Patricia Paruch, Kemp Klein Law Firm
Blight vs Right; Demolition of Unsafe Buildings
By David Pierson, McClelland & Anderson, LLP
The Supreme Court decision in Bonner v. City of Brighton, 495 Mich. 209 (April 24, 2014), presents the tension between municipal interests in removing unsafe structures and an owner's right to preserve property, not demolish it. The case also shows how differently two courts can interpret an ordinance and the "right" at issue.
If Brighton finds the cost to repair an unsafe structure exceeds true cash value on the tax roll, repair is presumed unreasonable and demolition ordered; the owner has no right to repair.
Michigan substantive due process tests whether regulation unreasonably or arbitrarily restricts an owner's right to use her property. The lower courts agreed that the ordinance violates substantive due process in requiring the owner to prove the cost of repair is less than true cash value. Either repair or demolition will eliminate the danger; Michigan precedent favors repair over forced demolition. The COA explained that an owner may prefer repair for sentimental, familial, or historic reasons and cost is irrelevant if the owner is willing to repair.
The Supreme Court reversed, finding that a "right to repair" is not a fundamental right; the decision of the municipality to choose one over the other is a policy judgment—"not a constitutional mandate." The ordinance is not arbitrary because it does not completely prohibit a property owner from repairing an unsafe structure.
Strikingly, the Supreme Court read into the ordinance an option for the owner to show cultural, historical, familial, or artistic reasons to repair. The essential premise of the COA was that the ordinance denies due process because it denies an owner the option to repair "simply on the basis that the city deems repair efforts to be economically unreasonable." The decision evinces remarkable unanimity on the need to address blight.
Limited Space Available
Foreclosure Mediation Repeal and Inspection Process Update
By Tobias Lipski, Schneiderman & Sherman, PC
PA 125 of 2014 eliminates all Michigan loss mitigation/mediation pre-foreclosure requirements (formerly MCL 600.3204(4-7); MCL 600.3205, 600.3206). Servicers must continue to comply with the federal CFPB early intervention and loss mitigation procedures (12 CFR 1024.39/41), which require live contact with the borrower within 36 days of delinquency and written notice of loss mitigation options within 45 days. The federal rules also prohibit foreclosure before 121 days and prohibit foreclosure filing/publication/sale if borrower has “applied” (as defined by 12 CFR 1024.41) for loss mitigation alternatives. See CFPB Small Entity Compliance Guide.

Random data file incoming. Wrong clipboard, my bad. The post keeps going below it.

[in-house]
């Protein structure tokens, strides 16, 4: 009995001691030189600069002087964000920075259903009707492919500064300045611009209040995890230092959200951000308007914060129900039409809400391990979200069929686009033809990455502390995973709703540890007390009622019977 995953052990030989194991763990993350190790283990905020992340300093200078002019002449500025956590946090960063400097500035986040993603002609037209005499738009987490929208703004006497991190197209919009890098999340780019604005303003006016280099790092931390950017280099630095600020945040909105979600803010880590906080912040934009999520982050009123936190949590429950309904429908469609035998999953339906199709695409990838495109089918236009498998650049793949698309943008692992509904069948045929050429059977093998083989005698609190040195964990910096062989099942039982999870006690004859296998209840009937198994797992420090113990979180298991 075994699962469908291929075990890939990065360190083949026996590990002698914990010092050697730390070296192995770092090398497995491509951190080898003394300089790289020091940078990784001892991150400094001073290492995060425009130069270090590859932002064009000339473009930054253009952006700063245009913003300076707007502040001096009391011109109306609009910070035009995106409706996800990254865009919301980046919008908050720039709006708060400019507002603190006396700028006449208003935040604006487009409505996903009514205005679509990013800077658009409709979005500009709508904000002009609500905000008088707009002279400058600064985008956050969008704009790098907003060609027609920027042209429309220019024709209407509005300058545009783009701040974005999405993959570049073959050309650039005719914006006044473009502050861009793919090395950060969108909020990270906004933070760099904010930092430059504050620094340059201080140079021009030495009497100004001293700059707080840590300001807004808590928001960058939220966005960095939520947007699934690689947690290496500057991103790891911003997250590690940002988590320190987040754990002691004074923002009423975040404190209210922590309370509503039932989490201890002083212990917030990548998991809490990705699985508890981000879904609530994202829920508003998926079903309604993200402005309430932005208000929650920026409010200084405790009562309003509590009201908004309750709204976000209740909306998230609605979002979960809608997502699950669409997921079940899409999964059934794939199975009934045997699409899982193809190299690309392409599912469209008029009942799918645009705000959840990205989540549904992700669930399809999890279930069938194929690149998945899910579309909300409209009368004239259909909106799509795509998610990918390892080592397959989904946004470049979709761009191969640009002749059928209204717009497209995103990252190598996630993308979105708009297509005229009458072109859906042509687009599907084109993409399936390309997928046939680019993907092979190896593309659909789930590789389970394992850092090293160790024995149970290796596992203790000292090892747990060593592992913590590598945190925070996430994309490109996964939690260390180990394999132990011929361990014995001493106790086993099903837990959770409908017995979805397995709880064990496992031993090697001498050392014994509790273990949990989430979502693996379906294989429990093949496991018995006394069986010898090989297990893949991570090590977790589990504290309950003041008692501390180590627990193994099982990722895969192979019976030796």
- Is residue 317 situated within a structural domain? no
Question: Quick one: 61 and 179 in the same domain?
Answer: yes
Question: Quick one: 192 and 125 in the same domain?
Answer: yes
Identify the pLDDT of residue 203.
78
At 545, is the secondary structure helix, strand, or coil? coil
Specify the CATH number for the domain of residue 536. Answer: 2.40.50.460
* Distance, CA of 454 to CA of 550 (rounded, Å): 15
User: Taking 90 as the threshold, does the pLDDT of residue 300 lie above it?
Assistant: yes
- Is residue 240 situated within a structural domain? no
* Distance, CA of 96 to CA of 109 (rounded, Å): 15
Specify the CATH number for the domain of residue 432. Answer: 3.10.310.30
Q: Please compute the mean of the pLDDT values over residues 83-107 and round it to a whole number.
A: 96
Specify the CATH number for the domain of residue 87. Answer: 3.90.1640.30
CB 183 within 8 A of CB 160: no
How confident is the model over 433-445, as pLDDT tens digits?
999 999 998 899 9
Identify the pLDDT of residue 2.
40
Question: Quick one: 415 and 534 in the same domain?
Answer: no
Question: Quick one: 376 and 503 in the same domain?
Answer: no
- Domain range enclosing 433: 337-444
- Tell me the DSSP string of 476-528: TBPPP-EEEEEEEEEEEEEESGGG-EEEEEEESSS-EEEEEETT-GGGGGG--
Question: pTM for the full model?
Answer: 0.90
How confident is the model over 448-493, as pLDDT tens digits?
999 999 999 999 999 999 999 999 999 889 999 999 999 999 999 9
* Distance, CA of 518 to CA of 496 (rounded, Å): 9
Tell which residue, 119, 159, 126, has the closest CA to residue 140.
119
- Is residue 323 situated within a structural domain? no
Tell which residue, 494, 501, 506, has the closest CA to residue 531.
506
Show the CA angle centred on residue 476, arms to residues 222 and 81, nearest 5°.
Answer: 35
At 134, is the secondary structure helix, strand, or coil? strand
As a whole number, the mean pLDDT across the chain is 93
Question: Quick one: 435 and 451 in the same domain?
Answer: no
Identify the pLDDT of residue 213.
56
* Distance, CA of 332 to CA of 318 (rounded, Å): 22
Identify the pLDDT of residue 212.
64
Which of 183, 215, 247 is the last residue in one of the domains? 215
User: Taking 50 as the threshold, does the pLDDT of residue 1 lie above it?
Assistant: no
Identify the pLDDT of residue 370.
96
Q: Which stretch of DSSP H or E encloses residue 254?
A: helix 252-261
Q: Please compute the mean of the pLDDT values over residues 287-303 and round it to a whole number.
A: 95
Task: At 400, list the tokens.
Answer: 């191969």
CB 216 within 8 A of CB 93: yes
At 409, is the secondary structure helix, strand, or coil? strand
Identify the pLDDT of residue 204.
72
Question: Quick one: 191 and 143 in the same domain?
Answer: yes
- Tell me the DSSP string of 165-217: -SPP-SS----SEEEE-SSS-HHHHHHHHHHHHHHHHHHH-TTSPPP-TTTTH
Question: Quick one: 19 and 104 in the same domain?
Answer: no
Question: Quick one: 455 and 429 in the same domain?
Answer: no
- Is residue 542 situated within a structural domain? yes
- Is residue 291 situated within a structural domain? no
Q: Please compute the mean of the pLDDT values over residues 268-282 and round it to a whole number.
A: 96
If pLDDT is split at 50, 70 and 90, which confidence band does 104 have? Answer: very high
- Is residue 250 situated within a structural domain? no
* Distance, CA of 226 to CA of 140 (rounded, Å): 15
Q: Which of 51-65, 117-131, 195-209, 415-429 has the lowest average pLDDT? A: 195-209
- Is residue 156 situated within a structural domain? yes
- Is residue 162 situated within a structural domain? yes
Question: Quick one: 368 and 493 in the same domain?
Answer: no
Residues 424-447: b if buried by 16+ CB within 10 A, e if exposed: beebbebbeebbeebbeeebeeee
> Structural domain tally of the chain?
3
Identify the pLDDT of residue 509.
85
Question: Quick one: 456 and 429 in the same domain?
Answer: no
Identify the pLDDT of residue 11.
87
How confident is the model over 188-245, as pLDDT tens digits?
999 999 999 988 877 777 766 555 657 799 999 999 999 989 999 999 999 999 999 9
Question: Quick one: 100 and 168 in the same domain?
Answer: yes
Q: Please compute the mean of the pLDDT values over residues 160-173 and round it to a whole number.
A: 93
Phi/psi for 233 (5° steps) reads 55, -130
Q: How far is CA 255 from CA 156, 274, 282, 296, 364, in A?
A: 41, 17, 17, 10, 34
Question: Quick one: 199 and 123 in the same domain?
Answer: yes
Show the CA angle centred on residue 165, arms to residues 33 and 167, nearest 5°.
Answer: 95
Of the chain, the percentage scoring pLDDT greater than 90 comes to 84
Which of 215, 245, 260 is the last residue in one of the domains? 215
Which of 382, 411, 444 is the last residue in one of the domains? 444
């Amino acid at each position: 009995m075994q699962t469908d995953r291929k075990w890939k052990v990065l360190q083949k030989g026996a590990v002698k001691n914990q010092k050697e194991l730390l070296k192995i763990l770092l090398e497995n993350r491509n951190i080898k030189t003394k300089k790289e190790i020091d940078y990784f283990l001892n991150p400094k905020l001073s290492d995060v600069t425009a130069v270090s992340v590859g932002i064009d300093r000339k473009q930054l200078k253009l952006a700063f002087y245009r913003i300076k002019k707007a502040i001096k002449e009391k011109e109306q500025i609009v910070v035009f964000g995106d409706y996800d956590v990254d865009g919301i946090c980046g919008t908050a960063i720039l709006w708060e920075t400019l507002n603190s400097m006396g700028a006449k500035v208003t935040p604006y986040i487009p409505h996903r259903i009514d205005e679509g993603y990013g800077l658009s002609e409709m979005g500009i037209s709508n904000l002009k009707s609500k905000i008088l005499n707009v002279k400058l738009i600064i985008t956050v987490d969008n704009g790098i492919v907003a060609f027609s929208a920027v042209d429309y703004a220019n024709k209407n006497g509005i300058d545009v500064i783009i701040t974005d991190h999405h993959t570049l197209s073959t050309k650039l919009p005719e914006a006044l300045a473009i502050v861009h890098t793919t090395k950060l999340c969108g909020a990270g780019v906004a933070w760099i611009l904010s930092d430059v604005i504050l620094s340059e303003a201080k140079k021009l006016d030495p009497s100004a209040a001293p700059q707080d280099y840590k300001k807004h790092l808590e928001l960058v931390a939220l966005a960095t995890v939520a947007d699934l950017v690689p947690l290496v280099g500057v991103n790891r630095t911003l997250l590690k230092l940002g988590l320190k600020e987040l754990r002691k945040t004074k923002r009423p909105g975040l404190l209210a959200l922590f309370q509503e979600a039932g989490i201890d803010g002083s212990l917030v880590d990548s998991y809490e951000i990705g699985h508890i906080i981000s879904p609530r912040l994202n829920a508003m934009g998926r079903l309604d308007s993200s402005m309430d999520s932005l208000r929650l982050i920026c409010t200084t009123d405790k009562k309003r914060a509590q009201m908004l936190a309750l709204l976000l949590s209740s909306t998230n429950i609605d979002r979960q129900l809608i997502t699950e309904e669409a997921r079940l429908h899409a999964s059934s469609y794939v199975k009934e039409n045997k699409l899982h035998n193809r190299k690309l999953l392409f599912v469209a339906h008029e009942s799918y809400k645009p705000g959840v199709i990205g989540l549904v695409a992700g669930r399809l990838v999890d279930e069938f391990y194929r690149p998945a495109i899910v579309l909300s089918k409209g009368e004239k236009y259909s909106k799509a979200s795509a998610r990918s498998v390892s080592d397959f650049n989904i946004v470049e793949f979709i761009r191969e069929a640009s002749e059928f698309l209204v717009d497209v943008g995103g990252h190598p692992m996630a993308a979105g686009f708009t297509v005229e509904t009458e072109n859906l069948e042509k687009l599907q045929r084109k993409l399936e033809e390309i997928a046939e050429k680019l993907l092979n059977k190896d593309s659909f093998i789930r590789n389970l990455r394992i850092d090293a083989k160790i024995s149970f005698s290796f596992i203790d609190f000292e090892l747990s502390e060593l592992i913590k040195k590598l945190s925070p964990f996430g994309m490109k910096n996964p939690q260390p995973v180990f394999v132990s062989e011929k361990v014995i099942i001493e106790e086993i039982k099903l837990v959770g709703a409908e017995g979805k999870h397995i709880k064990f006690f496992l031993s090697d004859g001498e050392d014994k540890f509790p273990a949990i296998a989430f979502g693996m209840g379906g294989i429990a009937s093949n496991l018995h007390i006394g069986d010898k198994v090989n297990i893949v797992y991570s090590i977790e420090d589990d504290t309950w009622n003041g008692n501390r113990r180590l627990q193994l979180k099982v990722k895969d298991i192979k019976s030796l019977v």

PA 125 also outlines the procedures for a sheriff’s sale purchaser to lawfully inspect the property’s interior, and to commence an action for possession during the redemption period. The purchaser must serve a notice of purchaser’s right to inspect and a separate notice of inspection. If the purchaser’s inspection reveals no issues, he must provide either a subsequent notice requesting information on the property’s condition or, if the inspection reveals damage, a notice of intent to commence an action for possession. MCL 600.3237; MCL 600.3238.
Lastly, PA 125 details certain notice and cooperation requirements (e.g. intent to vacate) for foreclosed mortgagors. Failure to comply creates a rebuttable presumption of liability for damage if purchaser is PA 125 compliant. MCL 600.3238(2)-(3).
Practitioners moving forward with foreclosures previously on hold for compliance with the repealed laws should ensure the servicer takes the actions necessary to avoid claims for dual tracking under the CFPB rules. With respect to the new amendments affecting the redemption period, practitioners should note that purchasers must provide actual notices. The success of the district court action will depend heavily on the proof of notice and objective proof of damage as defined by MCL 600.3238.
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The views and opinions expressed in these articles are those of the authors, and they do not reflect in any way the positions of the State Bar of Michigan or the Real Property Law Section. These columns are meant for informational purposes only and should not be construed as legal advice.